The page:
Of course, if the collective effort of scientists around the world doesn't convince you, then nothing the administration could release would.

I'm curious though why you think the administration has a vested interest in systemically lying about the climate change science? I mean... what is the profit motive here? I get why tobacco companies funded and undermined cigarette studies; I get why car companies would dodge emission controls; I get why governments don't want to deal with native affairs; or crumbling infrastructure... so what is the motive for the government to go 'big' on climate change? There's plenty of money on the table from 'big oil' to drill-baby-drill, and they don't care who drinks from the trough in support of their business interests... so why is there this big conspiracy to fake climate change?? It's delusional.

I mean, sure, science has gotten things wrong in the past, but its not a conspiracy... its just the scientific process of continual refinement, testing and re-testing claims etc. The brontosaurus was real... then it wasn't... no maybe it is again, but maybe with feathers... that's just the process. And yes, lots of 'bad science' is done, but it eventually washes out as more data is made available and more testing and validation of results is performed, as our knowledge and our techniques improve. So yeah mistakes are made, but betting -against- the latest consensens is not really a winning move. Yet you seem to think that on this ONE issue, not only is science wrong, but its a big conspiracy to fabricate it... by 'liberals' for... reasons? ... AND that you, a layperson, know better, despite virtually all the science being in general agreement.

Comment Re:Don't buy a smart TV (Score 1) 161

How do you connect to the "cloud" without a network? Wi-fi is LAN, or are you assuming LAN is only ethernet?

I said cellular. I meant cellular.

Nobody out there is going to give you a free cellular data plan

Yeah. They will. It's already happening.

http://www22.verizon.com/whole...

"Verizon's Mobility Services include wireless voice, text messaging and wireless data packages for both 3G CDMA & 4G LTE. Adding our Mobility Services to your product suite lets you offer variety in voice and data services that keep your customers productive - at the office and on the go. Additionally, you will retain and grow your customer base with Verizonâ(TM)s Mobility Services as the technology platform to deliver IoT applications and solutions."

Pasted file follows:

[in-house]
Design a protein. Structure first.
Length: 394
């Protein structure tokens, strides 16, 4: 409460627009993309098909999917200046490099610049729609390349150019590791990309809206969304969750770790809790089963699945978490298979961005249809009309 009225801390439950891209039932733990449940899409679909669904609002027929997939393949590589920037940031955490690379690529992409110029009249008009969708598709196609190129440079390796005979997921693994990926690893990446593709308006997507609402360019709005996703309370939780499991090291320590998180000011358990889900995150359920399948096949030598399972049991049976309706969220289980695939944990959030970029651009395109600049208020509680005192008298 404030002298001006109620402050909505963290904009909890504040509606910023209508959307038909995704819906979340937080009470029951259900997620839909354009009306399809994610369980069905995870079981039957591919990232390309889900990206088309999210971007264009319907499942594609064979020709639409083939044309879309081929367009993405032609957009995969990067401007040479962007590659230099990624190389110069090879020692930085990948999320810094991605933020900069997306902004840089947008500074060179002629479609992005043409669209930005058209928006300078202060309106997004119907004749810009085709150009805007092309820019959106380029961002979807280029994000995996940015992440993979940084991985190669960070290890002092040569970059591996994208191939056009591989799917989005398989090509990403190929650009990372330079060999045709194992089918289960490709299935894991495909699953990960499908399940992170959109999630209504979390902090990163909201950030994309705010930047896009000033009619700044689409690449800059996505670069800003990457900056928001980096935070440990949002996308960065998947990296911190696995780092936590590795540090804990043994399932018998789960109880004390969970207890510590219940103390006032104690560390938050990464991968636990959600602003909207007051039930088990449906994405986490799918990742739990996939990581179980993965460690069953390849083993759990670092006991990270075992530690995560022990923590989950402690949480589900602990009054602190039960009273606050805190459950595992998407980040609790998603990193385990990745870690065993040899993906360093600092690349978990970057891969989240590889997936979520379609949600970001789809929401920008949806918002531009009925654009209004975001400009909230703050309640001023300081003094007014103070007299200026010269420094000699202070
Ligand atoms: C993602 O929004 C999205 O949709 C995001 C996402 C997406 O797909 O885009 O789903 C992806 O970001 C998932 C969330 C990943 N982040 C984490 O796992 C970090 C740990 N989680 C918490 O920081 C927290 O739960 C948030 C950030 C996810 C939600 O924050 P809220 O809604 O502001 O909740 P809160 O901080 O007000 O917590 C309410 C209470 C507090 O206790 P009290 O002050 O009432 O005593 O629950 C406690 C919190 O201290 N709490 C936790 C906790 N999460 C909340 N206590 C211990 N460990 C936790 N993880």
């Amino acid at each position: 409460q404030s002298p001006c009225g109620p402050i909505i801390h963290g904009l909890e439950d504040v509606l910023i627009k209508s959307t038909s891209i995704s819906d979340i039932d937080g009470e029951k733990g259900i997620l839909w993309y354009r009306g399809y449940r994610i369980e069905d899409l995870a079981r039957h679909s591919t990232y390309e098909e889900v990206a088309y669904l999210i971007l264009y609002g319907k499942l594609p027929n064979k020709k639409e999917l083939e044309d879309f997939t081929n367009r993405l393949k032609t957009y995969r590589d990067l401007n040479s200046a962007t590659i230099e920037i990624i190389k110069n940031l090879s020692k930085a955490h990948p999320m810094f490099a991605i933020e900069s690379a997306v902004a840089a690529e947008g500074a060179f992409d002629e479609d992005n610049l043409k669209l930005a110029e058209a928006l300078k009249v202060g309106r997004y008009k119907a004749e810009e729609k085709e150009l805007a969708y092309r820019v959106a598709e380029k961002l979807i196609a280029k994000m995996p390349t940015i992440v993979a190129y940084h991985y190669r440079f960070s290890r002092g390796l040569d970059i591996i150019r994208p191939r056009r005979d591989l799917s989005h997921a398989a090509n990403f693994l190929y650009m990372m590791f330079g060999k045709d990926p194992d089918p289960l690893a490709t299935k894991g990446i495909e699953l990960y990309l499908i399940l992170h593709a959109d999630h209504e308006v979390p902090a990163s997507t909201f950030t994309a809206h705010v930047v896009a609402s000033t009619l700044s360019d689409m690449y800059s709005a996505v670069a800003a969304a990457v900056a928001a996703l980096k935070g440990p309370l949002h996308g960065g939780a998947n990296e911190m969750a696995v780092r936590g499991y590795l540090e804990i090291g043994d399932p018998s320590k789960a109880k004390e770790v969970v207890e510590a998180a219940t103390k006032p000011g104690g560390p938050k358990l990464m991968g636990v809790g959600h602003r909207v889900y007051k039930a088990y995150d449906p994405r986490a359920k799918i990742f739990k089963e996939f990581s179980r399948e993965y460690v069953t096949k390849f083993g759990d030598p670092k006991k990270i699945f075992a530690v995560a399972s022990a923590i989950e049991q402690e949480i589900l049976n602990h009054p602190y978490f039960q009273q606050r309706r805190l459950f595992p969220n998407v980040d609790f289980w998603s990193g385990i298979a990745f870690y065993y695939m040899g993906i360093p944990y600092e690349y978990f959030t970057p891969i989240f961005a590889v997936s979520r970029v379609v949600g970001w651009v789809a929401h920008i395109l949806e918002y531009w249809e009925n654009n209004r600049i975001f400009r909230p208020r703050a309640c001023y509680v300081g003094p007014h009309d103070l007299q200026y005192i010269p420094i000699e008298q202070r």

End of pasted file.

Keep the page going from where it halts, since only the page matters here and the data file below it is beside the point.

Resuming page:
It won't be free, it will be "free"... the cost will be front loaded into the purchase price; or covered by some other subscription fee, or advertising revenue. How much do you think 1GB of data per unit over a 5 year period is going to cost at wholesale x 1 million units...

Comment Re:Don't buy a smart TV (Score 5, Insightful) 161

It will probably get harder and harder to find a TV without these "smart" features. If you don't want them, just don't give the TV your wifi password.

We are fast approaching a time where the TV will come with built in cellular data, and lifetime subscription (for specific uses). I've already seen several devices that have this scheme... for example a 'cloud punch clock'.

You might have to enter your wifi password to stream 4k from netflix, but it might send its telemetry, get advertising updates, firmware updates, and its cloud 'siri/cortana/google voice recognition stuff' via a separate always-on cellular network connection.

The price of the chipset itself is small in a $2000+ TV; and the cost of prepaid data measured at likely less than 500MB per years for 10 years, bought at wholesale for a million TVs at once... well... that's also going to be pretty small.

Right now the IoT is at least theoretically constrained to our wifi and runs through our firewalls. But we're fast approaching the time where it's just directly connected to the carrier bypassing our home networks entirely.

Indeed, our home networks themselves may become a nerd relic, the way home servers are. Your computer connects to the cloud, your printer connects to the cloud, your TV connects to the cloud... who needs a LAN? Sure a LAN would be faster... but once its good enough the average user will be happy to forgo having to maintain a home network in exchange for 'it just connects to the cloud'.